Who's more qualified, Albright or Rice
The Democratic Party's fixation on race and gender explains why black Supreme Court justices can't be conservative, why Hispanic parents should not want their kids to learn English, and why members of both hues should all think alike. It explains how you get Gray Davis supporters shouting "He's a for'ner!" about an immigrant candidate, and how you get the Democratic governor responding that if you can't pronounce the word "California," you shouldn't be governor. It's also how you get the Democratic Party of Minnesota discouraging black Minnesota Supreme Court Associate Justice Alan Paige (search) from running to fill the late Paul Wellstone's (search) Senate seat in last November's elections.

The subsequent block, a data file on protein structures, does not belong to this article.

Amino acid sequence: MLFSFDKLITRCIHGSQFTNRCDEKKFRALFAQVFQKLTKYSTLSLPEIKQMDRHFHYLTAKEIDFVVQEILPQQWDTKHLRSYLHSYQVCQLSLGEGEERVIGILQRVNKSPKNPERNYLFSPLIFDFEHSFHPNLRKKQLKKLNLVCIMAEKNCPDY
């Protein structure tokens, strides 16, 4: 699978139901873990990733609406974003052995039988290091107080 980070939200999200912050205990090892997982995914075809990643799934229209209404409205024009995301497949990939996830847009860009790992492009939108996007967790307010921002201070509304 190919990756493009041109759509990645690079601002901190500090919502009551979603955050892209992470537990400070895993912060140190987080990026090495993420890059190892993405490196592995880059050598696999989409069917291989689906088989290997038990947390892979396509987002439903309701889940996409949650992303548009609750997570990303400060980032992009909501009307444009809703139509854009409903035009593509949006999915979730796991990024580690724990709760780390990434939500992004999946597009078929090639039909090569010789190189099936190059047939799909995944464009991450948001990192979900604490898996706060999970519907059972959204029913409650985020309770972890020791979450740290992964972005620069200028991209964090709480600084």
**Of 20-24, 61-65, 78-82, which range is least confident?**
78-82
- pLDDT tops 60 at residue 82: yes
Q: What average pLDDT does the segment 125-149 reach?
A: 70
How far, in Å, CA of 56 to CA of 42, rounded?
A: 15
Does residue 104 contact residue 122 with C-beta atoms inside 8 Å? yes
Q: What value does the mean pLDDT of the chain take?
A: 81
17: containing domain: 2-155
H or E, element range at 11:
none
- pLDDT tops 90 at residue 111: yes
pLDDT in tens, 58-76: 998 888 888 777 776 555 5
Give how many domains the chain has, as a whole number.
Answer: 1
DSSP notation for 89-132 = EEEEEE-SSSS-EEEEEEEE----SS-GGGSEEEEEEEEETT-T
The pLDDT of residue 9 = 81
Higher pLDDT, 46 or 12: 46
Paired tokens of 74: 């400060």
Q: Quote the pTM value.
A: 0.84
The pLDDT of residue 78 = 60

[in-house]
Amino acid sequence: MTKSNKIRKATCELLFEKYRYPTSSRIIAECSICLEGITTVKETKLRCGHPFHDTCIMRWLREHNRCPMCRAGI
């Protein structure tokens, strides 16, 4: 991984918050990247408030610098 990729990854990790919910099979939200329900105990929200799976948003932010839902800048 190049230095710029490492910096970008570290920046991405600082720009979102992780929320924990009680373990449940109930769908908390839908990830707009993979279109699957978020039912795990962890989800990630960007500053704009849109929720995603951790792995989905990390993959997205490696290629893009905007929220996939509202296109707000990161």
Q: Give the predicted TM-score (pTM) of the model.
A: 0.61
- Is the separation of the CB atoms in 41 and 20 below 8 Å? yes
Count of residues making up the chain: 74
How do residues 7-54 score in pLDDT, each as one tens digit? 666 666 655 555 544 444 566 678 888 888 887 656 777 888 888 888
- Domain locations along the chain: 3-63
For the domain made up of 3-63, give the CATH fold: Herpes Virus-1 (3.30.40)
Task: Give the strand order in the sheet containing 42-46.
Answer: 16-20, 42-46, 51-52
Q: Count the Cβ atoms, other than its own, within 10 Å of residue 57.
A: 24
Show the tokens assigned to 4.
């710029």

"What did being a woman mean to your term as Secretary of State?" the Time interview asks Albright.
While such questions are not beneath Albright to indulge, they're not relevant. It's the difference between a platform of inclusion and a platform of substance, which is inclusive by happenstance of the country's physical makeup.
That's why when you employ a merit-based system, you get Condoleezza Rice. And when you employ affirmative action (search), you get Madeleine Albright.